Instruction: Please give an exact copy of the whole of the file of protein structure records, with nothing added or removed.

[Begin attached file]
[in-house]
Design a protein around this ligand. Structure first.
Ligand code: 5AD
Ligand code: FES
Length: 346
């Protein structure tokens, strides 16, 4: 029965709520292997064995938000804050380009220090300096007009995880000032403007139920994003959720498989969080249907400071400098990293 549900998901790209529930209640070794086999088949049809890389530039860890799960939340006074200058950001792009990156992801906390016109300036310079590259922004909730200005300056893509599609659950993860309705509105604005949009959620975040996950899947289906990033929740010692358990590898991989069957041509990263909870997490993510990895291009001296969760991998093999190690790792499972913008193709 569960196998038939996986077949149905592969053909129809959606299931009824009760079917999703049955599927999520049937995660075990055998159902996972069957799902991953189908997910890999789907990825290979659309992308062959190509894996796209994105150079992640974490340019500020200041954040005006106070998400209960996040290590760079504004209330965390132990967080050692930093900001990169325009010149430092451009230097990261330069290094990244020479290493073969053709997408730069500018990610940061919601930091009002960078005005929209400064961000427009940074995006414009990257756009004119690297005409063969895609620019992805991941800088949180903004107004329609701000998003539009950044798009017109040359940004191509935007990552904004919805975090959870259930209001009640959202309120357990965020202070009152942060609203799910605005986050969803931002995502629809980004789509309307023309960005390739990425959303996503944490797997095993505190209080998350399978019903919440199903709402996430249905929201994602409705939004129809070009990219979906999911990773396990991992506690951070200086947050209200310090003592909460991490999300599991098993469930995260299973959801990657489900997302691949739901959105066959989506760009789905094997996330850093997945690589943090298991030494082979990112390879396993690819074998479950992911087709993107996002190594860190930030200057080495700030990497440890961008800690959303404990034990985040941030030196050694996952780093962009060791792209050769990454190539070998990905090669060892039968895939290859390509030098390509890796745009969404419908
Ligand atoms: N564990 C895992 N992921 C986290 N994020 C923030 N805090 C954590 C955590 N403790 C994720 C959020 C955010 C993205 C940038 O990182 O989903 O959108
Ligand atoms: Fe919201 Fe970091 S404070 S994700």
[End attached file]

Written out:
[in-house]
Design a protein around this ligand. Structure first.
Ligand code: 5AD
Ligand code: FES
Length: 346
């Protein structure tokens, strides 16, 4: 029965709520292997064995938000804050380009220090300096007009995880000032403007139920994003959720498989969080249907400071400098990293 549900998901790209529930209640070794086999088949049809890389530039860890799960939340006074200058950001792009990156992801906390016109300036310079590259922004909730200005300056893509599609659950993860309705509105604005949009959620975040996950899947289906990033929740010692358990590898991989069957041509990263909870997490993510990895291009001296969760991998093999190690790792499972913008193709 569960196998038939996986077949149905592969053909129809959606299931009824009760079917999703049955599927999520049937995660075990055998159902996972069957799902991953189908997910890999789907990825290979659309992308062959190509894996796209994105150079992640974490340019500020200041954040005006106070998400209960996040290590760079504004209330965390132990967080050692930093900001990169325009010149430092451009230097990261330069290094990244020479290493073969053709997408730069500018990610940061919601930091009002960078005005929209400064961000427009940074995006414009990257756009004119690297005409063969895609620019992805991941800088949180903004107004329609701000998003539009950044798009017109040359940004191509935007990552904004919805975090959870259930209001009640959202309120357990965020202070009152942060609203799910605005986050969803931002995502629809980004789509309307023309960005390739990425959303996503944490797997095993505190209080998350399978019903919440199903709402996430249905929201994602409705939004129809070009990219979906999911990773396990991992506690951070200086947050209200310090003592909460991490999300599991098993469930995260299973959801990657489900997302691949739901959105066959989506760009789905094997996330850093997945690589943090298991030494082979990112390879396993690819074998479950992911087709993107996002190594860190930030200057080495700030990497440890961008800690959303404990034990985040941030030196050694996952780093962009060791792209050769990454190539070998990905090669060892039968895939290859390509030098390509890796745009969404419908
Ligand atoms: N564990 C895992 N992921 C986290 N994020 C923030 N805090 C954590 C955590 N403790 C994720 C959020 C955010 C993205 C940038 O990182 O989903 O959108
Ligand atoms: Fe919201 Fe970091 S404070 S994700």